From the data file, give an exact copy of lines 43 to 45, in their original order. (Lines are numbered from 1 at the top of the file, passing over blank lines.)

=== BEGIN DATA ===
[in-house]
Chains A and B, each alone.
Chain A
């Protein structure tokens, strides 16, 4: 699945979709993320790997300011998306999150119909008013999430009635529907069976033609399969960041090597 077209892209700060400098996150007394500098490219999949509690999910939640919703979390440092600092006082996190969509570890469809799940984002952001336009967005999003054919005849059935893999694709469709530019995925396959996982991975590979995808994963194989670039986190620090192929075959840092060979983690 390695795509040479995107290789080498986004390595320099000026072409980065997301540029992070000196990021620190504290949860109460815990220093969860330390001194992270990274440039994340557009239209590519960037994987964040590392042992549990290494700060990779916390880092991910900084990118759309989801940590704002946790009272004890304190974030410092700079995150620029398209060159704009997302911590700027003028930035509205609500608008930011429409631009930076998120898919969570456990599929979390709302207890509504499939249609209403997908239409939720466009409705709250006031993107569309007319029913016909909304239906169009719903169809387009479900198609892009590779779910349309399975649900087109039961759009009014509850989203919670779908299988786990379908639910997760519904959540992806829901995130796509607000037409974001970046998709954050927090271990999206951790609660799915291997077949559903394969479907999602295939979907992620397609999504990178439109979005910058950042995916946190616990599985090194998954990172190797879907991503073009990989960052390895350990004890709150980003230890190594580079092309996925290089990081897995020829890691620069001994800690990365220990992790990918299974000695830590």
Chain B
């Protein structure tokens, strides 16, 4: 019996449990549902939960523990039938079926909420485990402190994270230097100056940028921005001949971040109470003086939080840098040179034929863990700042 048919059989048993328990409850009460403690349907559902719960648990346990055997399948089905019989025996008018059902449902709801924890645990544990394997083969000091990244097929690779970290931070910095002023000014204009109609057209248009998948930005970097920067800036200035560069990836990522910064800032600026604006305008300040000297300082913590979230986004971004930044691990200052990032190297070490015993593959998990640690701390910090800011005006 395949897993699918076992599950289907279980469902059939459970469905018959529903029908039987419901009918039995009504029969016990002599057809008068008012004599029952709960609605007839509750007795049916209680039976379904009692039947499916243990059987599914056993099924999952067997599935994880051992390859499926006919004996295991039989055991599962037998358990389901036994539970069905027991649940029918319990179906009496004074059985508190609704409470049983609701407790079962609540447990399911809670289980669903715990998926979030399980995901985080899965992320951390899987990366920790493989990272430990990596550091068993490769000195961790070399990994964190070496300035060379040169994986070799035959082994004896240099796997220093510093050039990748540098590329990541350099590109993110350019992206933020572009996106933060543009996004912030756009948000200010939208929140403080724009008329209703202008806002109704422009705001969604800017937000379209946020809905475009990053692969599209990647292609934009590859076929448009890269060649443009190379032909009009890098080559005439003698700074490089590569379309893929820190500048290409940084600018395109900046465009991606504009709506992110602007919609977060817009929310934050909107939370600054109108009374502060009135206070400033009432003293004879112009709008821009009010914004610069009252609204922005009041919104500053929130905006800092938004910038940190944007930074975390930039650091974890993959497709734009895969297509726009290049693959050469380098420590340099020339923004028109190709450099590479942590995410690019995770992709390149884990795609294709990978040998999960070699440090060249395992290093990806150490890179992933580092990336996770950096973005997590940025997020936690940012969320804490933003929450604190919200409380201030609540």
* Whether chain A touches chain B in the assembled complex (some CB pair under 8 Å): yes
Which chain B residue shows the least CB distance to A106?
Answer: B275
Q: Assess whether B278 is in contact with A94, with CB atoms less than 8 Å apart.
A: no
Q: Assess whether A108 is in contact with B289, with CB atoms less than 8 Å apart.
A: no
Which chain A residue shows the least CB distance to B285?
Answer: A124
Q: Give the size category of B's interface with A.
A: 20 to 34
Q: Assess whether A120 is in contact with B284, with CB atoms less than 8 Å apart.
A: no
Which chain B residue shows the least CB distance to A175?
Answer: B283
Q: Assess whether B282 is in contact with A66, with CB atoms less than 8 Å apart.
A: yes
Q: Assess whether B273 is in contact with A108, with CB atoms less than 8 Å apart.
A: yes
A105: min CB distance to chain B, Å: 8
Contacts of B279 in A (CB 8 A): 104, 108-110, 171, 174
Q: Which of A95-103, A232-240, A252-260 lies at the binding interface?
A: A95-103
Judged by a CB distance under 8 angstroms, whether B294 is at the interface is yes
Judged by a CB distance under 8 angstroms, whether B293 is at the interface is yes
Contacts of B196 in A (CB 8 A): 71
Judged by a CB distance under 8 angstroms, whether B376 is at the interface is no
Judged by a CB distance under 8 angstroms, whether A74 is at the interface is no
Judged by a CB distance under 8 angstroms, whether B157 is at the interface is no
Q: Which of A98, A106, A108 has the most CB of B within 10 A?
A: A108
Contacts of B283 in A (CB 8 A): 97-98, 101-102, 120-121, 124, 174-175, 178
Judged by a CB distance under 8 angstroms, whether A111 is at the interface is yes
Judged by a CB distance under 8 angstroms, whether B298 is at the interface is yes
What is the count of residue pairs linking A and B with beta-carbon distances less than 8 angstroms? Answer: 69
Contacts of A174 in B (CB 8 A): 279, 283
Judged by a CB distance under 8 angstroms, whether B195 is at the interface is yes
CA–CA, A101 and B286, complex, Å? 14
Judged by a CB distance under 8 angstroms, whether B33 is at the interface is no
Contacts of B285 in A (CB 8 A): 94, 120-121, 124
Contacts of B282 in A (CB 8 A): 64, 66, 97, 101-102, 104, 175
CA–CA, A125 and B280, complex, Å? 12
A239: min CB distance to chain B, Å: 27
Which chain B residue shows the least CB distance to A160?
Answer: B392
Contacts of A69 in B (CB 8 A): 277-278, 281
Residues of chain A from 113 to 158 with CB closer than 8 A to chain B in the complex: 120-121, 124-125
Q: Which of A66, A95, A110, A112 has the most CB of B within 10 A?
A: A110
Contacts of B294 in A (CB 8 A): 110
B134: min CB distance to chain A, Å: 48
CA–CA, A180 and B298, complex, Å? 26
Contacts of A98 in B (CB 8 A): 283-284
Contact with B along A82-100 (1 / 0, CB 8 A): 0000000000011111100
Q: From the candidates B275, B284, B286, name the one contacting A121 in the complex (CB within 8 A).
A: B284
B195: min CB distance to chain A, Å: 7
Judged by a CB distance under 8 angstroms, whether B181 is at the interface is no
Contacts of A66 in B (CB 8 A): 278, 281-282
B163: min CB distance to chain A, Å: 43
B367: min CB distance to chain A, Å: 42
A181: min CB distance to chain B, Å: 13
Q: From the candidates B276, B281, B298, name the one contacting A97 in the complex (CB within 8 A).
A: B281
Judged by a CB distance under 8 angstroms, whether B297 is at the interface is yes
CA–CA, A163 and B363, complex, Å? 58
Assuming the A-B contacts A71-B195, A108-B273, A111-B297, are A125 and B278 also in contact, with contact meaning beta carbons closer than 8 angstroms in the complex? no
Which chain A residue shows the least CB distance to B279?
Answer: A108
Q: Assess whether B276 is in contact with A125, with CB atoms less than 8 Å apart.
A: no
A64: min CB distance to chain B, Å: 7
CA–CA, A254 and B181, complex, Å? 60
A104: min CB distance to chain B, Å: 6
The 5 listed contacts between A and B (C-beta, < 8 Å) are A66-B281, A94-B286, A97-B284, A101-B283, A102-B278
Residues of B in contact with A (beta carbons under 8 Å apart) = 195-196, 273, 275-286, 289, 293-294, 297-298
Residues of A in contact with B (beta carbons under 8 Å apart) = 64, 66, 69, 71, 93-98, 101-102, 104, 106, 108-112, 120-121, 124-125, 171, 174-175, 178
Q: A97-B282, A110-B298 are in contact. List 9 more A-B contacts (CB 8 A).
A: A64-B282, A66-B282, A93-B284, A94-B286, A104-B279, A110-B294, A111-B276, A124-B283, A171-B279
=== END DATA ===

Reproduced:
Judged by a CB distance under 8 angstroms, whether B195 is at the interface is yes
CA–CA, A101 and B286, complex, Å? 14
Judged by a CB distance under 8 angstroms, whether B33 is at the interface is no